Thanks to the introduction of wireless burglar alarm systems, and some pretty innovative packaging by a Texas alarm company, home and business owners across the country are now installing their own alarm systems and saving a ton of money in the process. With complex drilling and wiring being removed from the installation equation, customers are installing their own alarm systems with, practically, the same ease as setting up Internet service.
Protect America Security (PA) of Round Rock, Texas, who in recent years introduced customer installed alarm packages nationwide, has completely revolutionized the way alarms are being sold and installed in the marketplace.
Historically, when a customer is looking to purchase an alarm they’ll usually go through their local yellow pages and contact an alarm company or two. Afterward, they’ll schedule a walk through of their premises with a field representative or salesman.
During the walk through, the representative, who is usually paid on commission, is assessing the property to evaluate what type of system and equipment will best suit the customers needs. Unfortunately, far too often, during this process the salesman is thinking more about his commission than the system design that is going to best serve the customers needs.
The general rule of thumb in alarm sales is the bigger the house the bigger the commission. Most salesmen who pull up in front of a home that is three thousand square foot or larger are practically drooling on arrival as they begin calculating the big commission they’re going to earn on all the window and door contacts, and other extras, they’re going to sale.
Protect America’s customer installed alarm packages have changed all of that by offering extremely affordable wireless packages that will fit in into any budget and can be order over the phone or via the Internet (which offers even more discounts).
What Homes Are Best Suited For Wireless Alarms?
Generally, their are a couple types of structures where wireless equipment will, absolutely, be necessary: 1) Two story and split level homes or buildings, with finished basements or no crawl space or 2) A one story structure that is built on a slab.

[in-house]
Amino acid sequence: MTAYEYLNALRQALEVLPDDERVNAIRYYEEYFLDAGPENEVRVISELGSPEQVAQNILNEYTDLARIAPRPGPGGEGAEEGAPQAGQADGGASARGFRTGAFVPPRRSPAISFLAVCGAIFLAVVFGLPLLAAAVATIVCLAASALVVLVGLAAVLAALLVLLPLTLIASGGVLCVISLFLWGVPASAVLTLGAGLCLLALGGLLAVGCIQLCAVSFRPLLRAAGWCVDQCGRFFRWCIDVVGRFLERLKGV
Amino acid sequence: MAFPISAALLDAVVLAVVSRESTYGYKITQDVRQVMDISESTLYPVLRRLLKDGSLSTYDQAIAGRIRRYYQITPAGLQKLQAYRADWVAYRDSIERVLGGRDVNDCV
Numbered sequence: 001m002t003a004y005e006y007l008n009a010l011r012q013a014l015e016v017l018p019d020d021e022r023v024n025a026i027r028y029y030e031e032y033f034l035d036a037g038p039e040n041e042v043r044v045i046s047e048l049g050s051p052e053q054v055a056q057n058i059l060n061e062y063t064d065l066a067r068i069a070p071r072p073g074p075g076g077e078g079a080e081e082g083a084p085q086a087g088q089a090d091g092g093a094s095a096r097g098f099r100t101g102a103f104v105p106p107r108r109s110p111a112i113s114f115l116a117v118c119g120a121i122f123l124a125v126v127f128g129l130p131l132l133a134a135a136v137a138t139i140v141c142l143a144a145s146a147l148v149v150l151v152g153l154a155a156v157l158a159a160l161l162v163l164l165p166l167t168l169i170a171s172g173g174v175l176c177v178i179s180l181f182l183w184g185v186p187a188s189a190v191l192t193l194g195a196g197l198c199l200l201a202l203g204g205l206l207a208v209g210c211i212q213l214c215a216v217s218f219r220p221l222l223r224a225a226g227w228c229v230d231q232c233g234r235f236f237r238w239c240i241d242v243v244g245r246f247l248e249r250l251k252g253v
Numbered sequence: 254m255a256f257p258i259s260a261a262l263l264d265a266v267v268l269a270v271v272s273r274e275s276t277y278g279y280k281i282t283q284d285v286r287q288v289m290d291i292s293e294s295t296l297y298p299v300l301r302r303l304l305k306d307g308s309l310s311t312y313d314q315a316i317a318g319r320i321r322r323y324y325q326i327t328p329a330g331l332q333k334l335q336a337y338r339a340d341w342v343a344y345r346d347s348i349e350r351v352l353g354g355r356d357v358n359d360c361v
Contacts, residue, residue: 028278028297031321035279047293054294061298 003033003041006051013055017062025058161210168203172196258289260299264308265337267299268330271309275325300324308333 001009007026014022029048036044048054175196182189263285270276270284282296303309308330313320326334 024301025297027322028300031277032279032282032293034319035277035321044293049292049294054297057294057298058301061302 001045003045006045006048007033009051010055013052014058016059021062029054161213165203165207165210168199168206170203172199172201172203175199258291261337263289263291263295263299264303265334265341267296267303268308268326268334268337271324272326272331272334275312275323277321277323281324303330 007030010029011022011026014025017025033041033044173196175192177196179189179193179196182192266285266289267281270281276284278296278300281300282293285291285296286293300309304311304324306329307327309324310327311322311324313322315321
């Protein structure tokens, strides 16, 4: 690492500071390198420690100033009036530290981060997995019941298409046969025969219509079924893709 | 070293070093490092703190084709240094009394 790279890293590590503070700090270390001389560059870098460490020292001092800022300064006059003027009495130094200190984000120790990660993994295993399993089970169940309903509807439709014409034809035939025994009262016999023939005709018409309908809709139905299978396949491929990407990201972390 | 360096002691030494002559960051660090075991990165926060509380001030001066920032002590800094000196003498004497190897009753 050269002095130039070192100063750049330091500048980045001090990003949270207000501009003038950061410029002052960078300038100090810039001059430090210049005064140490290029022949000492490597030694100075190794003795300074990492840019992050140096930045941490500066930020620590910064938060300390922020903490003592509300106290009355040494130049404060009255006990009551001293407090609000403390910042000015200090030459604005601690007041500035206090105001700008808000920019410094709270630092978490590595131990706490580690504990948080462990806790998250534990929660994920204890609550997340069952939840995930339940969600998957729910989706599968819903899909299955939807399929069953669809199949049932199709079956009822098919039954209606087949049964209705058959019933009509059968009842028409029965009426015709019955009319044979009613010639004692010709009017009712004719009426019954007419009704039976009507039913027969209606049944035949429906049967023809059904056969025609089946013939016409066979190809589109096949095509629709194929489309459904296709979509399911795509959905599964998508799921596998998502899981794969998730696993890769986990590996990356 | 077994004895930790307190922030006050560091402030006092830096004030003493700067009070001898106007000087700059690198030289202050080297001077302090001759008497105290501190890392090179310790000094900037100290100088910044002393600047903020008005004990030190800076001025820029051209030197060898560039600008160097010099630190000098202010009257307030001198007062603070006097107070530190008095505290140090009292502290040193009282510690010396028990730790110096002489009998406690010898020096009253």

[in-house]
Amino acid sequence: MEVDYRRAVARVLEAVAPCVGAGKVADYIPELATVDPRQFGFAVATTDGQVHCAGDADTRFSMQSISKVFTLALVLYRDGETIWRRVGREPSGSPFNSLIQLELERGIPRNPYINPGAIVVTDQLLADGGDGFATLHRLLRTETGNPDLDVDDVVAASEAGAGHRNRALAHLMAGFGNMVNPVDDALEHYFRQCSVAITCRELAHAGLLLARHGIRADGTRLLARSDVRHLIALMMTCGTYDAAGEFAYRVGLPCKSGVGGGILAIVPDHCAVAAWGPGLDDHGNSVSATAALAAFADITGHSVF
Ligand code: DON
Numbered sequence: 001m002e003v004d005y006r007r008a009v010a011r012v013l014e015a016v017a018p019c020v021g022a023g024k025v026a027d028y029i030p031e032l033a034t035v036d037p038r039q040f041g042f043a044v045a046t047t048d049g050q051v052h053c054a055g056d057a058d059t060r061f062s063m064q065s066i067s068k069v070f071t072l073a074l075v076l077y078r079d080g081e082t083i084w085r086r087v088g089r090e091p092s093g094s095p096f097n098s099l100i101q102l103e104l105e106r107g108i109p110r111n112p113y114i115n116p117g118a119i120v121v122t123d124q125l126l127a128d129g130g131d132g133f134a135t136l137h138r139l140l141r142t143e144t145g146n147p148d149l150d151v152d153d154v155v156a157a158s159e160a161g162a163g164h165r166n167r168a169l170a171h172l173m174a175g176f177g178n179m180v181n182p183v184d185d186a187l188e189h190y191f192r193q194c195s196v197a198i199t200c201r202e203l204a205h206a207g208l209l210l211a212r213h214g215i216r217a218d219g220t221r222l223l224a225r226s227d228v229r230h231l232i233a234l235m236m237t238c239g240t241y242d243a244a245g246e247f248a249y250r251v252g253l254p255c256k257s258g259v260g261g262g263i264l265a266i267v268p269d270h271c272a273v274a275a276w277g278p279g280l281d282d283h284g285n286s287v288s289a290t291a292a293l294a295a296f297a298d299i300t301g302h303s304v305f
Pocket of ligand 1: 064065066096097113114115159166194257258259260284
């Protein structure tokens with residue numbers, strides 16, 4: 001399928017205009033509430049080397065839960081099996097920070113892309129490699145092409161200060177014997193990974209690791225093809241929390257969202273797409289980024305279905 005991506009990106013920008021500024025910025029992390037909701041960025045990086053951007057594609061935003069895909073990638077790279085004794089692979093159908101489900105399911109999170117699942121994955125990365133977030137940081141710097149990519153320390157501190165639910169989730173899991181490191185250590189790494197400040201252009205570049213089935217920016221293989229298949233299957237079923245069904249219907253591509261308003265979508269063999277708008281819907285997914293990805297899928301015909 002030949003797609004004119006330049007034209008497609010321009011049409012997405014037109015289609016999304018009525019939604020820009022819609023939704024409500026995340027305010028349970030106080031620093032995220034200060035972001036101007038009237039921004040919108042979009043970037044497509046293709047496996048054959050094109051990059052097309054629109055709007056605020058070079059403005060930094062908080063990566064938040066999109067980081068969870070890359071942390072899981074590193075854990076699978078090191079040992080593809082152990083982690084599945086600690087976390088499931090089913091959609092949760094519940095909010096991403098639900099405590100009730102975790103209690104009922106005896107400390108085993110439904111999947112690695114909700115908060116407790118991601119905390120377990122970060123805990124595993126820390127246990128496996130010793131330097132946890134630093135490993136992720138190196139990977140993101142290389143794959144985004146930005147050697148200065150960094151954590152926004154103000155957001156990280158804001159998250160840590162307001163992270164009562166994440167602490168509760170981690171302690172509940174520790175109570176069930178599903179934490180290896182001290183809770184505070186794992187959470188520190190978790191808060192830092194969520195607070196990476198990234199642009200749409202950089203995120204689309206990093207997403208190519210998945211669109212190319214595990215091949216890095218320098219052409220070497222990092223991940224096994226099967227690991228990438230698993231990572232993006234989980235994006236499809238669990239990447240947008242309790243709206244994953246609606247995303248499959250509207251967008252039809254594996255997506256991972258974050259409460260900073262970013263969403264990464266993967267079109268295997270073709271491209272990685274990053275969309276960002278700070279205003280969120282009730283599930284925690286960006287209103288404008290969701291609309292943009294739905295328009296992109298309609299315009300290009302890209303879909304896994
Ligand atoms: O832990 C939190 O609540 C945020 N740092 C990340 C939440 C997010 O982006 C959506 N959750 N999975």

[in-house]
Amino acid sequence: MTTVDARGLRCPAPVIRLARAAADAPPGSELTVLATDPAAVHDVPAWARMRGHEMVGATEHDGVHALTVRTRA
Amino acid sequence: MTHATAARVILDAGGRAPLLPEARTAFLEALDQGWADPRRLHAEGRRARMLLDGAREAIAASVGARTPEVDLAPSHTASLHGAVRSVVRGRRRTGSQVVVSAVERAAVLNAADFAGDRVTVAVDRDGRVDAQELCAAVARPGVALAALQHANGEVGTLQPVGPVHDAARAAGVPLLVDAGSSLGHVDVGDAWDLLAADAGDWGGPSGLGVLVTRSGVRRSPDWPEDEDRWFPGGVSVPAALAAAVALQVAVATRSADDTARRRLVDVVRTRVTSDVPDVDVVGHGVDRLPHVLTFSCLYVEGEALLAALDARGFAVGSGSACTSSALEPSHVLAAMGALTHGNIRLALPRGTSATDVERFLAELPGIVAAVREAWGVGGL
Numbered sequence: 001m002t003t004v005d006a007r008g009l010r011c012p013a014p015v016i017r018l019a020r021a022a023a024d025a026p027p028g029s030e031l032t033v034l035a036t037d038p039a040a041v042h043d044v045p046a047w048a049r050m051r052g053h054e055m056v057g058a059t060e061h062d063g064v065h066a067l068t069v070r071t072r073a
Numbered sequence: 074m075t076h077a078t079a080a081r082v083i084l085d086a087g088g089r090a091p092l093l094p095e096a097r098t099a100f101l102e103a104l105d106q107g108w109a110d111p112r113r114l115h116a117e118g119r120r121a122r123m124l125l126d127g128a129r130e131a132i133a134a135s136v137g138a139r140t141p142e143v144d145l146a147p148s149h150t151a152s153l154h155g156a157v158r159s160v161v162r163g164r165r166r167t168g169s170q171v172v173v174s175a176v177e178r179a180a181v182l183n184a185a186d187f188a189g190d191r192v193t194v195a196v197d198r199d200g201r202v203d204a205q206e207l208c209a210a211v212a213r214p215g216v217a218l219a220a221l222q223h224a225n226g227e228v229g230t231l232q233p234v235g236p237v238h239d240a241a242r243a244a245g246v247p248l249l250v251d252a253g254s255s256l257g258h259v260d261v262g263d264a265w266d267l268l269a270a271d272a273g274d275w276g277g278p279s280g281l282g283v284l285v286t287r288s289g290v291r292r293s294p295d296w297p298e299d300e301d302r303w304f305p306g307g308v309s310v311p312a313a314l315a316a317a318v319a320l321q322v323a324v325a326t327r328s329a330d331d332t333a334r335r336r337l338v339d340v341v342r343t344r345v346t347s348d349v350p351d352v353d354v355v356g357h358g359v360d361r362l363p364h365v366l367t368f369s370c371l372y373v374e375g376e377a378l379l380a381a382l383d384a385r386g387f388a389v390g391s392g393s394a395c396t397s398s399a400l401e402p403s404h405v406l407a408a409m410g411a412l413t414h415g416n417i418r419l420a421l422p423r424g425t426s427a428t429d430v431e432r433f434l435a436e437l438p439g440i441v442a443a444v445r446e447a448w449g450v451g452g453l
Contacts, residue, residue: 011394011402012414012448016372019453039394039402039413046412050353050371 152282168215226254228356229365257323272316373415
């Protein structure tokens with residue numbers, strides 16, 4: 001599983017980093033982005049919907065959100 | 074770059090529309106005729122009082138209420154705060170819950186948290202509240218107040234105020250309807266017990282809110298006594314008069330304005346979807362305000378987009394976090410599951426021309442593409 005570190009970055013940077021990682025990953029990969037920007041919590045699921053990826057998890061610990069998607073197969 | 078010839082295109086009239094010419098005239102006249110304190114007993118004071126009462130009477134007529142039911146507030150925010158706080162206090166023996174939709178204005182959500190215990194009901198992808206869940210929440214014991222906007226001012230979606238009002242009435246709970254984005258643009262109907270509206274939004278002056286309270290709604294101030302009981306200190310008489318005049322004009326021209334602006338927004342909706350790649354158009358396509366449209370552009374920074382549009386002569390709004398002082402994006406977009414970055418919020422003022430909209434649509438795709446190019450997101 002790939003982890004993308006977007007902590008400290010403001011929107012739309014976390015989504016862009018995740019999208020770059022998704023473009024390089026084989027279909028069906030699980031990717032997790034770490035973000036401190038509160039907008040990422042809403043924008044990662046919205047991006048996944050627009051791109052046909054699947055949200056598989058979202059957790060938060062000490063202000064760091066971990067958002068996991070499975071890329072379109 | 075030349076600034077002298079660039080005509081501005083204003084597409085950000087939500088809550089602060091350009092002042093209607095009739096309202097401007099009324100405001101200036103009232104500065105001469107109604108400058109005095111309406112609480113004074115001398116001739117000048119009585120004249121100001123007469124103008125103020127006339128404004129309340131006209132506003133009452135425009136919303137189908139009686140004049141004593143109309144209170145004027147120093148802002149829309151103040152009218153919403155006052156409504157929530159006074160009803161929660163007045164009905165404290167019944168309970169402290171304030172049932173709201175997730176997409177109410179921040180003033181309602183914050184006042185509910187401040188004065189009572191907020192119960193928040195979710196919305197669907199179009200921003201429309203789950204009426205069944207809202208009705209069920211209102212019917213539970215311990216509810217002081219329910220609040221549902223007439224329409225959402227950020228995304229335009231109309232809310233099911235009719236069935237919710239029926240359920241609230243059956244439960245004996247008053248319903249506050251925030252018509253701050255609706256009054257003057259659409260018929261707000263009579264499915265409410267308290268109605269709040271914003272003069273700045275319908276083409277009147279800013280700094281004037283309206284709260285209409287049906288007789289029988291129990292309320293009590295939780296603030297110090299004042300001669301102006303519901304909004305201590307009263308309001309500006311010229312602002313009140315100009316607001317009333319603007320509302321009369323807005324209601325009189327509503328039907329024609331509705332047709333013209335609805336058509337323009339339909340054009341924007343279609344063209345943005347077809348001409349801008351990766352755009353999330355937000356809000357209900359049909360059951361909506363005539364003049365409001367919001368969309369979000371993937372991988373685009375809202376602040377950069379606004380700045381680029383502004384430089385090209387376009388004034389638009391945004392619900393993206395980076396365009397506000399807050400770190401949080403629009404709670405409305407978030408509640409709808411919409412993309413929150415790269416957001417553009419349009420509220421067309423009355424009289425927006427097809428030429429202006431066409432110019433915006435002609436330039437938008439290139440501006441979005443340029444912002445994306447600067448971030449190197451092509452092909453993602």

Two story/split level structures with finished basements or no crawl space These structures will almost always require wireless equipment exclusively. This is because when buildings are being wired for a security system, most of the wire is run through the attic of the structure down to the doors and windows (and other components) on the main floor. It’s impossible to drill from the attic of a two story structure down to it’s main floor; so wireless equipment is utilized in this type of installation.When a structure has an unfinished basement or a crawl space, a technician can run wire up to the windows, doors and other components.
One story structure built on a slab, When a building is one story and built on a slab while the doors and other components can be wired in the structure, the windows cannot be without exposed wiring. Window contacts are usually installed at the base of windows. When a home is built on a slab there is no way to drill upward. In some instances technicians will run wire under carpeting through the baseboard, using a method called wire fishing, to get the wire up behind the wall to the window seal. Over time wires run under carpeting can go badly because of the wear and tear of foot traffic on the carpet. So, most companies will opt to install wireless window contacts rather than run wires under carpeting.